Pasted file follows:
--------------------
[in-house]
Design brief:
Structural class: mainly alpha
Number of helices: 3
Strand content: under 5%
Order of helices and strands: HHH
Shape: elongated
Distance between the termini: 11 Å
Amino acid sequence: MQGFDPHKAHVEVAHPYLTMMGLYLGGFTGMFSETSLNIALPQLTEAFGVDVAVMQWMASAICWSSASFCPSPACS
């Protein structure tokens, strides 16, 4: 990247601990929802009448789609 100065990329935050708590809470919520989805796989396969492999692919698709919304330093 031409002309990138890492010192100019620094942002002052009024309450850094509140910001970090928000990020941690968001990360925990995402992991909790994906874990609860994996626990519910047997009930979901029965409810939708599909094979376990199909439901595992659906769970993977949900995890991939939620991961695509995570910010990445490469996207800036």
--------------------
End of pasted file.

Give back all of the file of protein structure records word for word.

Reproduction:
[in-house]
Design brief:
Structural class: mainly alpha
Number of helices: 3
Strand content: under 5%
Order of helices and strands: HHH
Shape: elongated
Distance between the termini: 11 Å
Amino acid sequence: MQGFDPHKAHVEVAHPYLTMMGLYLGGFTGMFSETSLNIALPQLTEAFGVDVAVMQWMASAICWSSASFCPSPACS
């Protein structure tokens, strides 16, 4: 990247601990929802009448789609 100065990329935050708590809470919520989805796989396969492999692919698709919304330093 031409002309990138890492010192100019620094942002002052009024309450850094509140910001970090928000990020941690968001990360925990995402992991909790994906874990609860994996626990519910047997009930979901029965409810939708599909094979376990199909439901595992659906769970993977949900995890991939939620991961695509995570910010990445490469996207800036």